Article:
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Life comes full circle

punjab Updated: Aug 12, 2013 16:56 IST
Harish Dhillon
Harish Dhillon
Hindustan Times
Jubbar

Our lives often move in circles and come back to the point from which a particular pattern started. My preferred choice of profession was the army. But into my fourth year of training I met with an accident, lost a leg and was boarded out. My former commandant, admiral Samson, helped in my rehabilitation and set up an interview for me with a shipping company.


I was selected and given an appointment letter with the proviso that I would join two years later provided I completed my graduation. I joined college in Srinagar. Two months into my studies, I was summoned to the principal's office. With him was a gentleman whom I knew to be a priest because he was wearing a cassock.

"How would you like to earn some extra pocket money?" It turned out that the gentleman was the principal of Tyndale Biscoe School. Their senior English teacher had left abruptly and they were looking for someone to help out till the new teacher. I accepted with some trepidation: the promise of extra pocket money was the deciding factor. From the moment I entered the class, I knew that I had found my calling. I went on to teach English for 47 long years.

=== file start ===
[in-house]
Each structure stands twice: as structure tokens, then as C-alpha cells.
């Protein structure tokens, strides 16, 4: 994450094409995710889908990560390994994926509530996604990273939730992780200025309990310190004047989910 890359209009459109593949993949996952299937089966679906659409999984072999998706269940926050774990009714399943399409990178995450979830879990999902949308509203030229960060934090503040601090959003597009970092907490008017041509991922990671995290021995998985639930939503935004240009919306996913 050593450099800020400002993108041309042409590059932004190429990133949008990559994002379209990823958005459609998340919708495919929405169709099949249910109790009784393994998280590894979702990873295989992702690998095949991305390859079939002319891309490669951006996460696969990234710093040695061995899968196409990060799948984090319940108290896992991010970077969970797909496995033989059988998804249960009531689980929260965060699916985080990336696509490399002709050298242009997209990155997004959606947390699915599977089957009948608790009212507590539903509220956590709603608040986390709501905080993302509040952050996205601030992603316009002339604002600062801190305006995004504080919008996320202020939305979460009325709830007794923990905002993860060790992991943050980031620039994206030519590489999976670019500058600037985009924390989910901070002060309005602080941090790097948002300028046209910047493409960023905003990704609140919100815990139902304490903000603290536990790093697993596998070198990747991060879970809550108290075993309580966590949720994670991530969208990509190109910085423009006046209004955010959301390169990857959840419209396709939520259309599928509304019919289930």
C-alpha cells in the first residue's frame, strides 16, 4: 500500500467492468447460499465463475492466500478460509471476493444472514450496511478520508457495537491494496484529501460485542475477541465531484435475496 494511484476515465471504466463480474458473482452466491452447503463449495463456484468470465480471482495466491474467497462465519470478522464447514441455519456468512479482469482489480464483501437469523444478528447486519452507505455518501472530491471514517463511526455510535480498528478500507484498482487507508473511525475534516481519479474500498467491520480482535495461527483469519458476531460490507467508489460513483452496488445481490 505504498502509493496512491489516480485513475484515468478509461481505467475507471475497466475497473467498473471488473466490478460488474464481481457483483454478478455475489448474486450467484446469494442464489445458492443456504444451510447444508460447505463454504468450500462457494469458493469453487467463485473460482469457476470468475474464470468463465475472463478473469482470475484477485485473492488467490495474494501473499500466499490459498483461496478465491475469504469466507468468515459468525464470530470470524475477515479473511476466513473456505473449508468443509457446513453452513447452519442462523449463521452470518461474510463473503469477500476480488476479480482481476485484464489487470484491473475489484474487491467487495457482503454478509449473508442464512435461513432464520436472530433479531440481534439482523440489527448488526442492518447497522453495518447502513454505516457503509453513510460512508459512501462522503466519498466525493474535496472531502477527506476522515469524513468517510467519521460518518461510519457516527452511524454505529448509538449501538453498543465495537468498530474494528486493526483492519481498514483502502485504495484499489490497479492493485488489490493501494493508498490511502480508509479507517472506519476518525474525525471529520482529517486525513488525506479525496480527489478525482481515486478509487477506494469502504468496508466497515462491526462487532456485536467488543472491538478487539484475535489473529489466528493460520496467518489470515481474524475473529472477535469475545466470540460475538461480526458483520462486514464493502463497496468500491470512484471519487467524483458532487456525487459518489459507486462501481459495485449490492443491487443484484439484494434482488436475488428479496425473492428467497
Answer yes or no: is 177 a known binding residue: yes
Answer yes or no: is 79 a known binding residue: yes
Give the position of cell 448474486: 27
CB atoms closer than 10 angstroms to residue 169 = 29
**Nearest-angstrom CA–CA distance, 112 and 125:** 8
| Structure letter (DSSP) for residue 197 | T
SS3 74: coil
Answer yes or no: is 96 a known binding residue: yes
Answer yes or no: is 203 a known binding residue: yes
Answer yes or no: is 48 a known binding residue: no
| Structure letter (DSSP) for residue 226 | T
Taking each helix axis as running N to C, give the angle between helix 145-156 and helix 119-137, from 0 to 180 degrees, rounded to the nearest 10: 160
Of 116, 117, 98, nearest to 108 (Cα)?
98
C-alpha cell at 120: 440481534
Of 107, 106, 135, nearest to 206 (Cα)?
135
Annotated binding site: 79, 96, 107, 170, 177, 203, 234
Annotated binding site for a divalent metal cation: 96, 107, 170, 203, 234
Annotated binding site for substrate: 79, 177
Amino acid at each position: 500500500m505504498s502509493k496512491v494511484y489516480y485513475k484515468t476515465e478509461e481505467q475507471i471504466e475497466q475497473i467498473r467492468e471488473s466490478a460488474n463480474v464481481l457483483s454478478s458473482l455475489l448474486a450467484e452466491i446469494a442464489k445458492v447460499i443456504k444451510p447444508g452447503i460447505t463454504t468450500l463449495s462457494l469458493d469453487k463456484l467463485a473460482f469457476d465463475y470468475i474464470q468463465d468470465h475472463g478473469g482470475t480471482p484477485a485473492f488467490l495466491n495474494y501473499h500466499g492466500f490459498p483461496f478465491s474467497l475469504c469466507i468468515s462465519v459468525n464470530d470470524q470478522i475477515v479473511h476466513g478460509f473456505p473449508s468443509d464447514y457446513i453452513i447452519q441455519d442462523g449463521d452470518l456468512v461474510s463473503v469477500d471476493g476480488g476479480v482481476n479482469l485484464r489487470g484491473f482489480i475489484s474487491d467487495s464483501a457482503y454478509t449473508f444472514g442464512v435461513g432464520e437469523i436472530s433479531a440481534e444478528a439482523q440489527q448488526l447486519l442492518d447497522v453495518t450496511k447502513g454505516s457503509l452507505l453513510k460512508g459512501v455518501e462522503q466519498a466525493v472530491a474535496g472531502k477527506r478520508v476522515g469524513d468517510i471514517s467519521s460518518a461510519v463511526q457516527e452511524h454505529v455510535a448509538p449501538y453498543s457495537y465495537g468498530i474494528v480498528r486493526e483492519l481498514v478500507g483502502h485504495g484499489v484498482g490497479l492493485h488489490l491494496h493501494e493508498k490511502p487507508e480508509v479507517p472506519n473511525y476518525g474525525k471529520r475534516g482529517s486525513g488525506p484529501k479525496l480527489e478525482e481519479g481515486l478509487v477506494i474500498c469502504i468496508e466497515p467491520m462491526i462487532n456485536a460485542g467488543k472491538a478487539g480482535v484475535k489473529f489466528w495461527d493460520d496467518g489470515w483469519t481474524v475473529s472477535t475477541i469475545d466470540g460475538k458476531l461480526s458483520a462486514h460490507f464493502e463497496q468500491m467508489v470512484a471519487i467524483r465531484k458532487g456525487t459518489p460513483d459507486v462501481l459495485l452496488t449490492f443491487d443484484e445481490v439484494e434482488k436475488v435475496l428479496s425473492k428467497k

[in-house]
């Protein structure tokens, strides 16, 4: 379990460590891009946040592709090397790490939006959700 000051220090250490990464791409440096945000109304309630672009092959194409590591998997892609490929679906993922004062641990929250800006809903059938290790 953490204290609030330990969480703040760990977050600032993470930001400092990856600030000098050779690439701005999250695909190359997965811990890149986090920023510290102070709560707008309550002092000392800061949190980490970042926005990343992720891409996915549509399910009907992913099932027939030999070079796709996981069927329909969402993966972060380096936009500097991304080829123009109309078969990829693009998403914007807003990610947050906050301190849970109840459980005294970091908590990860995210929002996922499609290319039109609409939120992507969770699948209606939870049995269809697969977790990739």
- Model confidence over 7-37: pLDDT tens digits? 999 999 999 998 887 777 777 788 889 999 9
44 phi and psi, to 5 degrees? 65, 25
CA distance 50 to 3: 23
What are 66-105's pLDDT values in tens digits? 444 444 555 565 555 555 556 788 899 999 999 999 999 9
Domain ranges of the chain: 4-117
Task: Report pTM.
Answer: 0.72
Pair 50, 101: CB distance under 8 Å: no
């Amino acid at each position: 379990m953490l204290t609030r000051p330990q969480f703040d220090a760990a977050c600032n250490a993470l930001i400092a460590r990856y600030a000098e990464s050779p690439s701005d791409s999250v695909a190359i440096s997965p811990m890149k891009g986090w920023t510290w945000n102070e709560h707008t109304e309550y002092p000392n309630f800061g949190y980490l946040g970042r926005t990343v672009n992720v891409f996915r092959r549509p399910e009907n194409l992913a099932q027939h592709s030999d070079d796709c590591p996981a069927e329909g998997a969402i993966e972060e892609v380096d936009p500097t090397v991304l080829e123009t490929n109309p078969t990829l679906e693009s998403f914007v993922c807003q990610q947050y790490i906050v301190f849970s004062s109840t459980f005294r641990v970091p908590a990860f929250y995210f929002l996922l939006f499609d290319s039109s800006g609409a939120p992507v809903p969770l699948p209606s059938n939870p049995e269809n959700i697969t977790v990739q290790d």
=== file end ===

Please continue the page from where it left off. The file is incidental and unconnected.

Fifty-one years later, as an adviser to Yadavindra Public School Board, I was asked to accompany principals on a visit to a school to study the steps towards upgrading that it had taken. Yes, it was the Tyndale Biscoe School in Srinagar.

I was born in a sanatorium in a village called Jubbar. I was whisked away by my uncle as soon as I was born and so did not see anything more of Jubbar. But when I was seven, I came to study in a boarding school which was just 4 km away from Jubbar. I did go to the sanatorium, which was now boarded up, a couple of times, but with no definite feelings. Years later, I came back to head my old school and just before I retired, my uncle came up on a visit and together we went to the sanatorium, which was now a watch factory He established at the exact spot where I was born and I was, at last, bonded to the place.

I have always believed that as long as one is useful to others, one is still relevant to the world and to life. For the last three years, I have found my use as the editorial consultant for The Tribune. My assignment ends this month and I will be moving on to my next assignment. There is an ITI about 7km from where I live. It is a a well-equipped Institute with excellent instructors. But in spite of this, the employability of the children, when they graduate, is severely limited because they have no ability at spoken English. This is where I come in; I have been asked to help in this area. I am keenly looking forward to this assignment: the children, most of them, come from the village of Jubbar.